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The Inquisitive Person's Guide to the Galaxy

This show is live streamed to YouTube - register to get the link
20 May 8:00pm to 8:55pm
(UK time)
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Science going
We have always been interested in the very small and the very big. From the nanomaterials that make our life easier to big events such as gravitational lensing and space climate change, trying to comprehend our universe is one of the most powerful aims to keep researching. This year, we focus on those topics to learn more about our surroundings.

Nanomaterials made easy

Matt Staniforth (PhD student in the Pure Mathematics group at the University of Southampton, )
A carbon nanotube is essentially a polyhedron with lots of sides; these polyhedra have been studied by mathematicians for centuries, using an area known as algebraic topology. Amazingly, we can use algebraic topology to investigate these materials.

Gravitational lensing: Cosmic illusions and detecting the invisible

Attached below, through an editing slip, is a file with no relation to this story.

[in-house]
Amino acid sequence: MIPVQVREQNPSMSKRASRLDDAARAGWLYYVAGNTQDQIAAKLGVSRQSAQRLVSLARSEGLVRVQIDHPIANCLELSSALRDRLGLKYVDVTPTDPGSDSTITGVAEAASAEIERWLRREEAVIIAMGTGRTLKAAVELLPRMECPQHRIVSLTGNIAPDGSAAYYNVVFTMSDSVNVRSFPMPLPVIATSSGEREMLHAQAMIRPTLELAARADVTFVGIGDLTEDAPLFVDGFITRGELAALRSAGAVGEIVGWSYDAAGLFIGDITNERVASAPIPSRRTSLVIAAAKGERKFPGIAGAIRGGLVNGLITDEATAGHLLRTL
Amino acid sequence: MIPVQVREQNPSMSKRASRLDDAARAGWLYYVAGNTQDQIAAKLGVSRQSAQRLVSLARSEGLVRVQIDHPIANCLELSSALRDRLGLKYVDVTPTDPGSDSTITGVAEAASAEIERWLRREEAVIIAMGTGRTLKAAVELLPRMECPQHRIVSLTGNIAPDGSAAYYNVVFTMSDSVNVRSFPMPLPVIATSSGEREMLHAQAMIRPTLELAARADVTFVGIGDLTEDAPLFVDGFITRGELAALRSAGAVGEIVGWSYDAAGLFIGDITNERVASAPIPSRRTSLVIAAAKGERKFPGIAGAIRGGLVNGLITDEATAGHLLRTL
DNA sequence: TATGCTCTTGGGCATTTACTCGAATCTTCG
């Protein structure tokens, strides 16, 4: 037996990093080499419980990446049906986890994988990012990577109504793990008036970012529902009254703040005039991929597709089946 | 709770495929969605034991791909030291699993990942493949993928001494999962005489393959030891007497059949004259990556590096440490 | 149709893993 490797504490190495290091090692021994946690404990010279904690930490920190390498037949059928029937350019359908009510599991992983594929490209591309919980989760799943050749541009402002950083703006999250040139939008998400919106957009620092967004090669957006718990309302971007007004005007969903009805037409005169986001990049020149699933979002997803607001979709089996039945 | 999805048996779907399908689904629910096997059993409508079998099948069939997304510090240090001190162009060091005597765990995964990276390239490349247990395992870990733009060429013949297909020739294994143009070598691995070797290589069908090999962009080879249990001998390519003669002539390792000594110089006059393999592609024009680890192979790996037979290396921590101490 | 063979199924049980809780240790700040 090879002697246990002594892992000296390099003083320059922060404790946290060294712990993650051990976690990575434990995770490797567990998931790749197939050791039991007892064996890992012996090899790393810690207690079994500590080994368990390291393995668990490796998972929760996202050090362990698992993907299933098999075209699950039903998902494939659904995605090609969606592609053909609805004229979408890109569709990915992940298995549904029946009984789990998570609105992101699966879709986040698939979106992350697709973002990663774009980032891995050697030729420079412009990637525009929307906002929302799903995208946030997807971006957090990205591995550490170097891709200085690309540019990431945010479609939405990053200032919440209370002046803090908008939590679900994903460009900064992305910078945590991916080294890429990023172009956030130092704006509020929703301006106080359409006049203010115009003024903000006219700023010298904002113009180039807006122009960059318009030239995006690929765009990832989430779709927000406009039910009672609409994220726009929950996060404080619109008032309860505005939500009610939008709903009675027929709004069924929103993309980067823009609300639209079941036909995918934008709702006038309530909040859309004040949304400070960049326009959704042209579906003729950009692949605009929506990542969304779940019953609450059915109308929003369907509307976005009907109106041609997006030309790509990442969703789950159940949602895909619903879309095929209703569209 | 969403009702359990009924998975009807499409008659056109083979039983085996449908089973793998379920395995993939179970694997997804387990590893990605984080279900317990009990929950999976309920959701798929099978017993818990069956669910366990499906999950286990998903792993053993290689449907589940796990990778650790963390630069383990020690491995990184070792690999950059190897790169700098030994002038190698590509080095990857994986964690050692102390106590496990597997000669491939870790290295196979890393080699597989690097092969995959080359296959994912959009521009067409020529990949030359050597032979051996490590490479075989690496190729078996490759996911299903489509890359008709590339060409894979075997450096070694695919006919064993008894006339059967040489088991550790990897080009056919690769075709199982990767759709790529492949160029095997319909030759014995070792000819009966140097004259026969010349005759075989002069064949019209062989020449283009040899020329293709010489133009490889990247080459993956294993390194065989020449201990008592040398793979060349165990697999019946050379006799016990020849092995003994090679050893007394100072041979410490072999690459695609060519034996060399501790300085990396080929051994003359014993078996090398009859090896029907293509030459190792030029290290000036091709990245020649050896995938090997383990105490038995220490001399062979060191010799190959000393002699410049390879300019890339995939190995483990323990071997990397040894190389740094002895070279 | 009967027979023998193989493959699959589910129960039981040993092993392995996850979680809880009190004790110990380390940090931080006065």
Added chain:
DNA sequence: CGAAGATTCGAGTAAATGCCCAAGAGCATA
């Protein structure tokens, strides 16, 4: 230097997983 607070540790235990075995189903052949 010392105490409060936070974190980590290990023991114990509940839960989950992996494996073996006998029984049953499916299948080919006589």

Dr David Chillingworth (Visiting Research Fellow within Mathematical Sciences at the University of Southampton.)
Einstein showed that gravity bends light rays, so we expect images of far-distant objects to be distorted as light from them passes near intervening galaxies on its way to us. Indeed this can happen, in many cases even creating multiple images of the same object. We look at several such phenomena (real and simulated) and consider some visual mathematics behind them as well as important cosmological applications.

Climate change in space: The impact on space debris

Matthew Brown (Postgraduate research student within Astronautics, Engineering and Physical Sciences, University of Southampton.)
Even as high up as the International Space Station, space isn’t a complete vacuum. There is still a very thin atmosphere which sees much greater changes due to carbon dioxide emissions than we see at ground level. With satellites travelling nearly 10 times faster than a bullet, even a thin atmosphere means lots of atmospheric drag, slowly removing orbiting objects from space. But how does the changing climate in space impact how long satellites can remain in space? And what about space debris left over from previous missions? Find out as we tell

Hosted by: John Coxon

Dr John Coxon (Postdoctoral research assistant in the Space Environment Physics group)
John is a space physicist at the University of Southampton and a keen science communicator. He studies the way in which the Sun's magnetic field interconnects with the Earth's, and presented the Southampton Planeterrella at a previous Pint of Science event.

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